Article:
I was extremely blessed to have found a good study group during bar prep. My study group consisted of a mix of first time takers and re-takers. I studied with people that I did and did not study with during law school. We only studied for the MBE during our study sessions.
Getting started was a little shaky. Our library was closed due to summer break and the places around town that offered an atmosphere conducive to studying were limited, in fact, we didn’t find any. My friend ended up volunteering her apartment, which worked because she did not have to find a babysitter and we were able to study for as long as we needed. We met on Thrusday’s at 7 pm.
But some people are afraid of groups. A group can be too chatty or just not gel. But groups are also very beneficial. Preparing for the bar exam is not like anything else I have ever done. It is traumatic in a very weird way. It is hard to explain to people who have never experienced it, the stress and anxiety it brings. A study group can serve as a support system. We probably spent the first thirty minutes venting about everything. Remember, life does not stop because you’re studying for the bar.
Below are some tips to forming good study groups for bar prep.
- You have to respect the people in the group. Seems like a no brain-er, huh. But let’s be honest, there are people we went to school with that for one reason or another we simply do not respect. If you don’t respect them, you won’t listen to their reasoning for an answer and it’s not conducive to learning.
- Be consistent. Meet on a designated day at a specific time and place. This may be a little shaky in the beginning, but once you establish a time and place, stick with it.
- Plan meals. My study group was awesome, especially the host. She literally cooked for us every Thursday. She said it helped her de-stress. But do not fear. No one has to cook, but you all can plan to order a pizza or even plan a paper bag lunch. It is difficult to study when you are hungry, so be realistic about the need to take food breaks.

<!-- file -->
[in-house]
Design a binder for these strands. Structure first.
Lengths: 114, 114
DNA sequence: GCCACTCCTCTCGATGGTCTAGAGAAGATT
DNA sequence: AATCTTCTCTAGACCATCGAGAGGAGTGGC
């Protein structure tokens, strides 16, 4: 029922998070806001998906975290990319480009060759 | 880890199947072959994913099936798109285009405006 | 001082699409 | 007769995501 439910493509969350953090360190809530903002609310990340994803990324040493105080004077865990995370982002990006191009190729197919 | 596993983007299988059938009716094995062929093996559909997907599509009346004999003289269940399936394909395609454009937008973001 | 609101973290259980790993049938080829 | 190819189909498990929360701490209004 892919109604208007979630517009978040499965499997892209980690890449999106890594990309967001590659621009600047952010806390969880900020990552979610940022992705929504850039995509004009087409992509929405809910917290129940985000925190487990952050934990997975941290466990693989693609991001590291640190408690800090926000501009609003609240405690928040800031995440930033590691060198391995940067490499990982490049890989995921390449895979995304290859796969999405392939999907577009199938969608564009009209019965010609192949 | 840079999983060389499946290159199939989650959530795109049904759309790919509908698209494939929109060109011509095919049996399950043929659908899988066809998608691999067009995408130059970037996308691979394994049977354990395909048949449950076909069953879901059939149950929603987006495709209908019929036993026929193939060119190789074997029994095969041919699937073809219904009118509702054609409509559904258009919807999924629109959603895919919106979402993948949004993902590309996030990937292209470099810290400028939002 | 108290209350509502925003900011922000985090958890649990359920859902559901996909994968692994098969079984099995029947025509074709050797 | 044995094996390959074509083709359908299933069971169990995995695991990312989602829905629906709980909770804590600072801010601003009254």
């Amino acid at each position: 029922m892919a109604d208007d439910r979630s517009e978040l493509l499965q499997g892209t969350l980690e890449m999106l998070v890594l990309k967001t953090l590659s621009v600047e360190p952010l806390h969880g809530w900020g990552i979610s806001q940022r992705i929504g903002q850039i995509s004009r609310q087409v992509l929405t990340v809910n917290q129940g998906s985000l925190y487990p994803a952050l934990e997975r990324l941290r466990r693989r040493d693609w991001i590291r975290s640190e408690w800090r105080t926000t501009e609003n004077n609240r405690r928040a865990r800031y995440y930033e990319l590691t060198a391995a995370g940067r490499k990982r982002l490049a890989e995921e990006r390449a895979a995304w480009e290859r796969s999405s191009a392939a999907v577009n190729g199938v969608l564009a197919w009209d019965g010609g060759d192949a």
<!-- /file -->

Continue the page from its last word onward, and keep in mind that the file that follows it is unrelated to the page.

- Think about how many people you are inviting to the group. I invited ten people to study and ended up with seven people in our study group and it worked well for us. I do not suggest going bigger than seven.
Tips for a beneficial study group session.
- Do not be afraid to voice your opinion, even if you are the only one who selected the answer choice you selected.
- It is not a competition. A study group can be a bar preparation tool. No need to compete. After all, it does not matter how many you get wrong at study group, it only matters what you get right on test day.
- Do not move on until you understand why the correct answer is correct. Study groups are especially beneficial for this reason. If you answered something incorrectly and you do not completely understand why, have someone in the group explain it to you.
I found it most beneficial when we answered a number of questions silently first, under timed conditions, then discussed why we choose the answer we selected, then looked up the correct answer and discussed why the correct answer was the correct answer. This process really facilitated learning.
Are you apprehensive about participating in study groups during bar prep and why?